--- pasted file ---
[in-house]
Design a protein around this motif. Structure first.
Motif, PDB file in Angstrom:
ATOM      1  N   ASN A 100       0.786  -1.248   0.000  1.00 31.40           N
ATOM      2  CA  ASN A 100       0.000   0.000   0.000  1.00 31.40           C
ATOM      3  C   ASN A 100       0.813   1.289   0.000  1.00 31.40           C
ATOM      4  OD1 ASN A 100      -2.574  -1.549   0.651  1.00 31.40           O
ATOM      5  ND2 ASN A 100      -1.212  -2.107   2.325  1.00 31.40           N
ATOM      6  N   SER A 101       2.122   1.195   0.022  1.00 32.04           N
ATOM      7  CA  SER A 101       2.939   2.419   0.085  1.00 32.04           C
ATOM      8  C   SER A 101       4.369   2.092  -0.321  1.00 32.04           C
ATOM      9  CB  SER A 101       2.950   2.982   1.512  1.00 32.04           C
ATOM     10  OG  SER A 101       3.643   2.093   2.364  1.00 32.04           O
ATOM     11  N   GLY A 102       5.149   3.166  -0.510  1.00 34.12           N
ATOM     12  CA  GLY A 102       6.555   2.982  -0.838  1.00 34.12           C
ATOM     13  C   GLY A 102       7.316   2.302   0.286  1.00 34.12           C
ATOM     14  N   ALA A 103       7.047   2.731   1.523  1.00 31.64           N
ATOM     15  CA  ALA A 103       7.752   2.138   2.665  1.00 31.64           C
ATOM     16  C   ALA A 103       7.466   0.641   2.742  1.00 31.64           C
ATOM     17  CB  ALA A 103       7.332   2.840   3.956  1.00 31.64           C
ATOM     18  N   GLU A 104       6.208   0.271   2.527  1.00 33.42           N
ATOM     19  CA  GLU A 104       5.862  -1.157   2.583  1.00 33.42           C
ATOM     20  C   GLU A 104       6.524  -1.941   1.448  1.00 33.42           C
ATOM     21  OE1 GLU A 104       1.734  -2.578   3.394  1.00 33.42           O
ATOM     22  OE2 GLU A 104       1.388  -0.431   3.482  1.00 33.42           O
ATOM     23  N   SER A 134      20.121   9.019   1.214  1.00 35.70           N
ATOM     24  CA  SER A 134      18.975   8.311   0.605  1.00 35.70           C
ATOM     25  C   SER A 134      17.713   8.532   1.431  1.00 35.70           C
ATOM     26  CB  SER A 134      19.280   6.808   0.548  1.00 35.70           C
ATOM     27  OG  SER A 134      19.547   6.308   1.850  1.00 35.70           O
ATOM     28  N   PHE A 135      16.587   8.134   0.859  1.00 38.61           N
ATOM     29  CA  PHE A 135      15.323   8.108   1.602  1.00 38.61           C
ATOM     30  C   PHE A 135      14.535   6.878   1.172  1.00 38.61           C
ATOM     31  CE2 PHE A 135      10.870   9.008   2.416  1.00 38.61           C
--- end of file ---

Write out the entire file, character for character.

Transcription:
[in-house]
Design a protein around this motif. Structure first.
Motif, PDB file in Angstrom:
ATOM      1  N   ASN A 100       0.786  -1.248   0.000  1.00 31.40           N
ATOM      2  CA  ASN A 100       0.000   0.000   0.000  1.00 31.40           C
ATOM      3  C   ASN A 100       0.813   1.289   0.000  1.00 31.40           C
ATOM      4  OD1 ASN A 100      -2.574  -1.549   0.651  1.00 31.40           O
ATOM      5  ND2 ASN A 100      -1.212  -2.107   2.325  1.00 31.40           N
ATOM      6  N   SER A 101       2.122   1.195   0.022  1.00 32.04           N
ATOM      7  CA  SER A 101       2.939   2.419   0.085  1.00 32.04           C
ATOM      8  C   SER A 101       4.369   2.092  -0.321  1.00 32.04           C
ATOM      9  CB  SER A 101       2.950   2.982   1.512  1.00 32.04           C
ATOM     10  OG  SER A 101       3.643   2.093   2.364  1.00 32.04           O
ATOM     11  N   GLY A 102       5.149   3.166  -0.510  1.00 34.12           N
ATOM     12  CA  GLY A 102       6.555   2.982  -0.838  1.00 34.12           C
ATOM     13  C   GLY A 102       7.316   2.302   0.286  1.00 34.12           C
ATOM     14  N   ALA A 103       7.047   2.731   1.523  1.00 31.64           N
ATOM     15  CA  ALA A 103       7.752   2.138   2.665  1.00 31.64           C
ATOM     16  C   ALA A 103       7.466   0.641   2.742  1.00 31.64           C
ATOM     17  CB  ALA A 103       7.332   2.840   3.956  1.00 31.64           C
ATOM     18  N   GLU A 104       6.208   0.271   2.527  1.00 33.42           N
ATOM     19  CA  GLU A 104       5.862  -1.157   2.583  1.00 33.42           C
ATOM     20  C   GLU A 104       6.524  -1.941   1.448  1.00 33.42           C
ATOM     21  OE1 GLU A 104       1.734  -2.578   3.394  1.00 33.42           O
ATOM     22  OE2 GLU A 104       1.388  -0.431   3.482  1.00 33.42           O
ATOM     23  N   SER A 134      20.121   9.019   1.214  1.00 35.70           N
ATOM     24  CA  SER A 134      18.975   8.311   0.605  1.00 35.70           C
ATOM     25  C   SER A 134      17.713   8.532   1.431  1.00 35.70           C
ATOM     26  CB  SER A 134      19.280   6.808   0.548  1.00 35.70           C
ATOM     27  OG  SER A 134      19.547   6.308   1.850  1.00 35.70           O
ATOM     28  N   PHE A 135      16.587   8.134   0.859  1.00 38.61           N
ATOM     29  CA  PHE A 135      15.323   8.108   1.602  1.00 38.61           C
ATOM     30  C   PHE A 135      14.535   6.878   1.172  1.00 38.61           C
ATOM     31  CE2 PHE A 135      10.870   9.008   2.416  1.00 38.61           C